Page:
Mobile operators have only three years to stay alive

mobile operators

In a recent piece, I explored the impact of Apple’s eSIM embedded into the new Apple Watch Series 3. While not all will agree, the inclusion of the hardware to do eSIM opens the door for Apple to have a deeper participation in the ability to have consumers constantly connected. The bold prediction went as far as suggesting, this could be the beginning of the end of telcos, in a world where Apple has huge buying power and a strong motivation to keep the loyal fan base always connected. The piece closed with the suggestion that an eSIM would be included in the next version of the iPhone.

But then Google upped the game, releasing its new Pixel 2 with eSIM.

If you reconsider the predictions made, this means the creation of a severe threat to the commercial viability of incumbent mobile network providers. Google just made it real, and urgent.

It’s no huge secret that Google has ambitions to connect everyone. Google’s goal of universal internet access has already included ambitious projects like high-altitude weather balloons and solar-powered drones that beam the internet down to people below.

Chasing universal internet access is a massive opportunity for a tech giant whose business value is based on predicting intent. With another billion users on the Google ecosystem through search, android, youtube and more, Google will dominate consumer intent, globally. Hence their motivation to throw billions of dollars at the task, and more importantly, explore dozens of options in parallel.

Deploying eSIMs across the globe puts Google in the driver’s seat to start experiments to deepen their involvement in shifting the core paradigm that excludes too many from the internet today, affordability.

Traditional mobile operators have been stuck in their commercial model since we first got GPRS, many struggling to see their steep decline in ‘share of the ecosystem.’ Yes, we’ve seen steps forward like 4G, cheaper plans, and value-added services, but they’ve failed to reconsider the value ecosystem they operate in. Enter Google and Apple.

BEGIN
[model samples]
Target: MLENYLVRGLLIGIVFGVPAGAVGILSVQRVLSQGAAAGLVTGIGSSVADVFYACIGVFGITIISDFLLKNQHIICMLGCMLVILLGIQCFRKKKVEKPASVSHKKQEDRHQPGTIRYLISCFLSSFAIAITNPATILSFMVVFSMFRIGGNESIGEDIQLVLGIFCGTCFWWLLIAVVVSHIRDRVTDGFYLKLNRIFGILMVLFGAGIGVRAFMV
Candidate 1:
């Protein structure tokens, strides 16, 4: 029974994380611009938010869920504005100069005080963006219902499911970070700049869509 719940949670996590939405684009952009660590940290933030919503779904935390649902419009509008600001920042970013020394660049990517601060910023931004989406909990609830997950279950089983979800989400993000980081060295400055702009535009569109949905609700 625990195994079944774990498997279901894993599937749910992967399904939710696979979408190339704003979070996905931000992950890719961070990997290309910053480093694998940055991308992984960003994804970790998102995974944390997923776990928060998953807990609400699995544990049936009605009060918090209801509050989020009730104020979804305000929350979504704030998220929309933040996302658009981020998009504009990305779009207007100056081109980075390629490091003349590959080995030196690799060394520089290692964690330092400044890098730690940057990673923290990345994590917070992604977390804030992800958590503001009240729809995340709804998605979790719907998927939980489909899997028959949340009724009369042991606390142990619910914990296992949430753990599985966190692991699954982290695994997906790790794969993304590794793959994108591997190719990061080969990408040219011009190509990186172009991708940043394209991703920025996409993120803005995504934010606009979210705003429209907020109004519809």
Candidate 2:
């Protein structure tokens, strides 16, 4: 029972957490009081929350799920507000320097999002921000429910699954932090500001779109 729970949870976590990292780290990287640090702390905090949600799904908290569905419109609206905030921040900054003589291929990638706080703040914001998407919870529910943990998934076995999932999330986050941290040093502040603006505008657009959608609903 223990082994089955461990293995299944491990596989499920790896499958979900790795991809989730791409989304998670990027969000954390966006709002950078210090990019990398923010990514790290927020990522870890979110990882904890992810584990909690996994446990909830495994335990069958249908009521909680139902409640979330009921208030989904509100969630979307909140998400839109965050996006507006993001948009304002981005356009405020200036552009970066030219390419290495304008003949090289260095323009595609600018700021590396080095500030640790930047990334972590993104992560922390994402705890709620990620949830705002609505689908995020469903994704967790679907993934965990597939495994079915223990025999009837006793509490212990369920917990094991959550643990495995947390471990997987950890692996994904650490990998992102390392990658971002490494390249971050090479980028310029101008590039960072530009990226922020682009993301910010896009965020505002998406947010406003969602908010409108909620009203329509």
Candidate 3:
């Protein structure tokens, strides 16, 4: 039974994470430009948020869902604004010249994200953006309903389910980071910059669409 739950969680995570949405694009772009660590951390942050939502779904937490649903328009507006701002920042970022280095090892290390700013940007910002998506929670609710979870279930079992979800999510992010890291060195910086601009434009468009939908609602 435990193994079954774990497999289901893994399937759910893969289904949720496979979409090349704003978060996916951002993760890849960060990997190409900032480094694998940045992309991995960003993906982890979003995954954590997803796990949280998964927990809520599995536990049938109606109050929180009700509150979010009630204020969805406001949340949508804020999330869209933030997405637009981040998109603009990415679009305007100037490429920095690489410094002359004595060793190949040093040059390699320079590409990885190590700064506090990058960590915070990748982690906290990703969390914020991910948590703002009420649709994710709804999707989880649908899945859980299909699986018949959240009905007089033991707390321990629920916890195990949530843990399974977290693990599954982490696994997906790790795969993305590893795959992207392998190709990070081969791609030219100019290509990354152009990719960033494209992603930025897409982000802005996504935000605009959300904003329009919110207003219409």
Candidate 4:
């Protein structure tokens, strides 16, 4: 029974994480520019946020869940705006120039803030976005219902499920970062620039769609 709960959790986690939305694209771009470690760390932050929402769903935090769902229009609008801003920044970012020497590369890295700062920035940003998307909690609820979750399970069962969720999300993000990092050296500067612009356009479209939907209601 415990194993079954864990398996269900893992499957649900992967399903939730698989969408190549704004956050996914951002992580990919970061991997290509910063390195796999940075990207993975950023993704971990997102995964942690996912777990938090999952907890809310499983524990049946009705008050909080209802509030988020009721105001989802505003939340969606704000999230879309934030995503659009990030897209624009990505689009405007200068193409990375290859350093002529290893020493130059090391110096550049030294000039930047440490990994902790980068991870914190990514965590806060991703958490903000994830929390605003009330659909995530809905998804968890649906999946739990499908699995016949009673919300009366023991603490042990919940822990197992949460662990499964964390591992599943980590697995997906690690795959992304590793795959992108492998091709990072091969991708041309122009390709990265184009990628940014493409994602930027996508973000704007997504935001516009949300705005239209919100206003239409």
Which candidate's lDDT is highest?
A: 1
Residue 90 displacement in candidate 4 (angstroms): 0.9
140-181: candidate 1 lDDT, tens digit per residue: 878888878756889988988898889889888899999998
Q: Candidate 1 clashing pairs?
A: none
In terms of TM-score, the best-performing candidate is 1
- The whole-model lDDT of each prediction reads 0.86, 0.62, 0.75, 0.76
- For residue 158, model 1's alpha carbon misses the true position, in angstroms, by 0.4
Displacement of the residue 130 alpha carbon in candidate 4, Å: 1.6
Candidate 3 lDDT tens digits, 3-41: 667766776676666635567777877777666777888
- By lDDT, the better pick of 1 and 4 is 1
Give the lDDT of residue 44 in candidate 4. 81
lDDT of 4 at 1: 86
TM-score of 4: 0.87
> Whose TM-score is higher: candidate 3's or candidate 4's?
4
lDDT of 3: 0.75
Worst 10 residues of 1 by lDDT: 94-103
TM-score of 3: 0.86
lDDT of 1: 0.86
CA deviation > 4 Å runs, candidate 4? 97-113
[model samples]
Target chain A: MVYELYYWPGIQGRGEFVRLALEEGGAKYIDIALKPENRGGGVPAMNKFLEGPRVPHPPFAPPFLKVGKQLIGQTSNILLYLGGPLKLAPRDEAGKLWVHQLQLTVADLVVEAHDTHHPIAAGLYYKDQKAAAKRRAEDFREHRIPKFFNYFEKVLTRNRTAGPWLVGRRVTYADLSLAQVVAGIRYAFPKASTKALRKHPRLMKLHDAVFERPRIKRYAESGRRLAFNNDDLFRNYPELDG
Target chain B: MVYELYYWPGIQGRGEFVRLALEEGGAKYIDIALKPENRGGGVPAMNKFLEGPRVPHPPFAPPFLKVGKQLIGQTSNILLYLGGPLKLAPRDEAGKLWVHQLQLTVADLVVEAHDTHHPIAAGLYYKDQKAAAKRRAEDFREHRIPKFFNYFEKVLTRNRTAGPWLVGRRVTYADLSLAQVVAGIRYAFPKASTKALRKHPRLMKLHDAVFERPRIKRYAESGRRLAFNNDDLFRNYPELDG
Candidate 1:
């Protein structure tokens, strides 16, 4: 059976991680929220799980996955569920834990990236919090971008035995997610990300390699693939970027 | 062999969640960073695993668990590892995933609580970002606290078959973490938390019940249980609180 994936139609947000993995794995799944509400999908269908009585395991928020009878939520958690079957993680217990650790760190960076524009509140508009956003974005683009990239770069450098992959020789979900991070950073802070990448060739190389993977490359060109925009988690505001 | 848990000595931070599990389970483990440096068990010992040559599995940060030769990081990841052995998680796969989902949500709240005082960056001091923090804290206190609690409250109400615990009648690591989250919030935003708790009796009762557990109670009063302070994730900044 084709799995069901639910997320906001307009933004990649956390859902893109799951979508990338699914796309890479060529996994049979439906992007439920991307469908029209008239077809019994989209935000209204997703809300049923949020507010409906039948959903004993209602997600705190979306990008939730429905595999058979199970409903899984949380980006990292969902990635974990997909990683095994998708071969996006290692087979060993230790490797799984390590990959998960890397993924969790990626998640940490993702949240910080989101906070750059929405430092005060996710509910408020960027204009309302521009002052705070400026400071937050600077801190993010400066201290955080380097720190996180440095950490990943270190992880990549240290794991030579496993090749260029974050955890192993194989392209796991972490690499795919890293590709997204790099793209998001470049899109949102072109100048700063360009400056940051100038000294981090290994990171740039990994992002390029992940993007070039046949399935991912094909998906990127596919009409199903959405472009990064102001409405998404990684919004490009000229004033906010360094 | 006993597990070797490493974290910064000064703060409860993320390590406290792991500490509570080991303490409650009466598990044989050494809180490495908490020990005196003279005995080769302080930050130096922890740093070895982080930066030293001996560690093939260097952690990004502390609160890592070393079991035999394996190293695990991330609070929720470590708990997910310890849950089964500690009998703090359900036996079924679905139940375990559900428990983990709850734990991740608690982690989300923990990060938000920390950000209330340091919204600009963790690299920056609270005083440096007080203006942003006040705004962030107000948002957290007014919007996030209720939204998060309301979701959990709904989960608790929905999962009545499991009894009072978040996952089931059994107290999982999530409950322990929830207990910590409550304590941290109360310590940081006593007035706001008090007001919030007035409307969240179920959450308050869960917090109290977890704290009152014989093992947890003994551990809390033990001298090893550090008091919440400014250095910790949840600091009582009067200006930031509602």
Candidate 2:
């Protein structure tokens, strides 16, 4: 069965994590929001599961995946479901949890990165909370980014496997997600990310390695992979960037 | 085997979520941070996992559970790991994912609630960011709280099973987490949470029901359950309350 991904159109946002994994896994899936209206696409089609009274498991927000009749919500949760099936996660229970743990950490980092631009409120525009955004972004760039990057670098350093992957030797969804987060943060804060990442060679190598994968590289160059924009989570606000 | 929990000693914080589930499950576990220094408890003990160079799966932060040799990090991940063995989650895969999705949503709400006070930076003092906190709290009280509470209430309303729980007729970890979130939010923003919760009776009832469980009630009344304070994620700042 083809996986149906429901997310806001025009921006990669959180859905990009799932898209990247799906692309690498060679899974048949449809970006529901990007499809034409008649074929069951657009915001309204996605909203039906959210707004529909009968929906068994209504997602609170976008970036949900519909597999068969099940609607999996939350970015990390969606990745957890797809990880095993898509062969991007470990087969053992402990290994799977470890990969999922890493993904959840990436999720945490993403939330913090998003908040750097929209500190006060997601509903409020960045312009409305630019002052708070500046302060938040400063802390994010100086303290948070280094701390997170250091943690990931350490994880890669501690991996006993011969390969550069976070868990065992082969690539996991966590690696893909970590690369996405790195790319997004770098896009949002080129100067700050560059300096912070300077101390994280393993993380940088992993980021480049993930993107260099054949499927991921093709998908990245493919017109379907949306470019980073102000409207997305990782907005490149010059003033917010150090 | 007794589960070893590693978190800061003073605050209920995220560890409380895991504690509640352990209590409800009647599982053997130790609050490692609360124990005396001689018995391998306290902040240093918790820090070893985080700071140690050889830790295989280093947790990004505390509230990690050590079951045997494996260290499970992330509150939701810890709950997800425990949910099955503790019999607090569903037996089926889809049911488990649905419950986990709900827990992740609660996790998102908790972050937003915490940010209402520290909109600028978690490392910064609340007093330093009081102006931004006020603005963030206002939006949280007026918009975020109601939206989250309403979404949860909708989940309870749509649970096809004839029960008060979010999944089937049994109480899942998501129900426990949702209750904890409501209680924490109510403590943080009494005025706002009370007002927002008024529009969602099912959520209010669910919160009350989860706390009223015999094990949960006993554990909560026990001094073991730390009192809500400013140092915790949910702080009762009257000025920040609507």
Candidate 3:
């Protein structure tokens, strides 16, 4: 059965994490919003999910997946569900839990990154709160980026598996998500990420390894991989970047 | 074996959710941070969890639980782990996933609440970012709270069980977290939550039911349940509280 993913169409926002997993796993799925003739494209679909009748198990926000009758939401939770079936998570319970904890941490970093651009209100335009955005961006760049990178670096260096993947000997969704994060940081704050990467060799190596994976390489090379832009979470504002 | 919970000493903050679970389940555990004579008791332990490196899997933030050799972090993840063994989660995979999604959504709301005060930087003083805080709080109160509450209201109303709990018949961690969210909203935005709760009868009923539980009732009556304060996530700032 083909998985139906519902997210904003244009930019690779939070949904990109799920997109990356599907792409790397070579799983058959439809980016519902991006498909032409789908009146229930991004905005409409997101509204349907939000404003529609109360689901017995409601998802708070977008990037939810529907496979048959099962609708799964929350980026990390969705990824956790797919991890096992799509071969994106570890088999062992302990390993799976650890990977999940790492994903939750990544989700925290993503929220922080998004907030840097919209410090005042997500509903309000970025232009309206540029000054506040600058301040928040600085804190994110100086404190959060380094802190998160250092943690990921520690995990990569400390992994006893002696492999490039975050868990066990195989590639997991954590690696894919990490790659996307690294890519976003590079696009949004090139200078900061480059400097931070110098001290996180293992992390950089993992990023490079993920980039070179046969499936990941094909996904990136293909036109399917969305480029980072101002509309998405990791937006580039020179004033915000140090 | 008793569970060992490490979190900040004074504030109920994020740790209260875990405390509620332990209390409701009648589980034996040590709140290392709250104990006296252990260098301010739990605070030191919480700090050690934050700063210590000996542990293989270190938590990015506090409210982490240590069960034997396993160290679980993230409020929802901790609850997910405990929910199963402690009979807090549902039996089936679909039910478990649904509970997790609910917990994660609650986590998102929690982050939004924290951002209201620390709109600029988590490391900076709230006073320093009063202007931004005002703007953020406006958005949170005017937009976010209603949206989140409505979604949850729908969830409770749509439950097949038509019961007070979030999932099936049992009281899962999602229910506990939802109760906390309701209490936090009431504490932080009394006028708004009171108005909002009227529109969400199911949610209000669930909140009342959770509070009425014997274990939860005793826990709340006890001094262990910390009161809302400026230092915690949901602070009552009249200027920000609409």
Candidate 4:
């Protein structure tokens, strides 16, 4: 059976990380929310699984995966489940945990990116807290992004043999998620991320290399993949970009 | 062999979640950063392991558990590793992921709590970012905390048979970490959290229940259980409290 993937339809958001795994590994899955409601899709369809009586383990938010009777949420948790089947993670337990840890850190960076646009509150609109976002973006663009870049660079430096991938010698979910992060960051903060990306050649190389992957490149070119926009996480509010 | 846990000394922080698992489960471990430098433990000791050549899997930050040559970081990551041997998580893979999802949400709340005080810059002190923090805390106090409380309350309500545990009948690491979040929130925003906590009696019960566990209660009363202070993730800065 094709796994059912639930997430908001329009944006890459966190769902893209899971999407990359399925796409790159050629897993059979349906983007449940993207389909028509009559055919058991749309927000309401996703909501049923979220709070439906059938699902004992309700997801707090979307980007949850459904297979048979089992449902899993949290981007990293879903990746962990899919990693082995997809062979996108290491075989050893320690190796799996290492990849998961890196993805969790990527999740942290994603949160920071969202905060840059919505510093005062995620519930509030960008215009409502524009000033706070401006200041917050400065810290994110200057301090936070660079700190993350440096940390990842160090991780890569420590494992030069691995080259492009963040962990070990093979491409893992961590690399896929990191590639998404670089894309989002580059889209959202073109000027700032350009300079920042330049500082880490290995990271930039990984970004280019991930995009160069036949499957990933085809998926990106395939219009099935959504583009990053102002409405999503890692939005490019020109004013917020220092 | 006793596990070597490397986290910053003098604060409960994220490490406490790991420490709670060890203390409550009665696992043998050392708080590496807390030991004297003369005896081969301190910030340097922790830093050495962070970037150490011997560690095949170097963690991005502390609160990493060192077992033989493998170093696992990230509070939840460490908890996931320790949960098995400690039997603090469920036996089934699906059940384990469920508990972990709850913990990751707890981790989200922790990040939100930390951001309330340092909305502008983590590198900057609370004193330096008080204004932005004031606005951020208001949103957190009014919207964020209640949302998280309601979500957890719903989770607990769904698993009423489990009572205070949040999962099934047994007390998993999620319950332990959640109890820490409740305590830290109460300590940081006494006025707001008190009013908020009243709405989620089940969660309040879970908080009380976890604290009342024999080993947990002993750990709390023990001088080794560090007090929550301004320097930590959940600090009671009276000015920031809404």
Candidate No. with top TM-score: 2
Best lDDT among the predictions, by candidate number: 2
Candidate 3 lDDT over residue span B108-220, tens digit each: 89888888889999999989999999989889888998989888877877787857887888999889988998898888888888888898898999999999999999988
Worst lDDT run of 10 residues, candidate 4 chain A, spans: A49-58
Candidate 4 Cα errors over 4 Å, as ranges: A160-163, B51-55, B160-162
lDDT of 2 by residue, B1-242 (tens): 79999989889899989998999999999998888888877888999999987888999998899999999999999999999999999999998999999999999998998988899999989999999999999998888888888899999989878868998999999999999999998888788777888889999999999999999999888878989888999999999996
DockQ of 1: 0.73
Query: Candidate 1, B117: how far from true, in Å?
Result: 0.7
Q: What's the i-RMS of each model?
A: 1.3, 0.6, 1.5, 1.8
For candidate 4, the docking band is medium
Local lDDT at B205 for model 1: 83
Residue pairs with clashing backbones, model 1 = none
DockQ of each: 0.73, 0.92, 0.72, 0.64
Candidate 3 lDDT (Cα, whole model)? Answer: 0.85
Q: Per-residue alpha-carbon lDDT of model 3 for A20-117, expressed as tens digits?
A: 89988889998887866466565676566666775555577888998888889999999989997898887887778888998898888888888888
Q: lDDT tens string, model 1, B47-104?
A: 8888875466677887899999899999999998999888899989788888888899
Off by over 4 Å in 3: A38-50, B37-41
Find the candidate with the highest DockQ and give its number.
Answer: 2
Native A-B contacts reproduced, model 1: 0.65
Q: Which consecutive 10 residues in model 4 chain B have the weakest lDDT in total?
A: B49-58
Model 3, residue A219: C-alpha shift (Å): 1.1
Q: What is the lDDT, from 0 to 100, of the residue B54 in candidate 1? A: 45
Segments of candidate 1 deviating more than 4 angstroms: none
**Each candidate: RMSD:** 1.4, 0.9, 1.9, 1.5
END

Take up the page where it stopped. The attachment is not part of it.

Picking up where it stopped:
Google and Apple already know, and publicly state, that they see higher value in connected consumers than the current cost of data connectivity. That means, for Apple and Google, they are already motivated to subsidize your data connection to have you constantly connected.

Add the existing pain points of connectivity, such as roaming, pricing, and lock-in contracts, and you have a primed market wanting change. They just need to see the difference is possible.

Google already has a loyal fan base using Pixel phones for Google Fi, their connectivity option. The launch of the eSIM Pixel 2 merely paves the way for that fan base to grow, fast. With Google Fi, Google manages your connectivity on your behalf. So whether its cellular networks or Wifi hotspots, Google keeps you connected, globally. You need never worry about a telco again.

In 2008 when Amazon announced the Kindle, they changed the ecosystem for books. They digitized the product and its distribution. It took just 33 months for this change in the market to send Borders, the global #1 bookseller, to the point of bankruptcy.

I’ve always said that a scalable availability of eSIM from Google or Apple would pull the rug from under the incumbent mobile operators. So with the Pixel 2, Google has started the clock on complete disruption of mobile operators.

The challenge: though death is not certain for the mobile operators, do they have the brains and motivation to shift gear fast enough? Or will they cling to their cash cow?

Scott Bales is a  global leader in the cutting edge arena known as “The Digital Shift”, encompassing innovation, culture, design, technology and mobility. A thought leader through and through, Scott is re-arming corporates with innovation strategies to challenge existing modus operandi and progress towards digital transformation. 

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1 Comment

  1. Death for operators seems unlikely to me – all that cable and wireless capacity will be a vital part of the value chain for some time yet – but the drift from retail, consumer-oriented businesses to wholesale capacity-providers feels inexorable, and the rise of the eSIM feels like part of that.

    Operators will continue to exist until subsumed by consolidation or acquisition, providing capacity to a variety of consumer or business-facing organisations – Google, Apple, a variety of MVNOs, enterprises and technical aggregators developing 5G/ IoT industrial propositions… Even where the relationship with the consumer persists, is it fanciful to say that what many consumers want is a kind of wholesale relationship which provides them with data and connectivity in bulk, and hold the fancy trimmings? Less Bloomingdales, more Costco?

    Is this death? No, but it’s a very different sort of business – low margin, high volume, requiring far less sophistication in the back office. It’s a utility, where the most successful businesses will be those that can streamline their operations and minimize the cost of doing business, keeping their wholesale pricing attractive to consumer and business giants like Google.

    That all said, it must be galling for many mobile operators, after years of complaint about the profits made by ‘OTT players’, to see those digital behemoths turning around and coming after their core business too.

What do you think?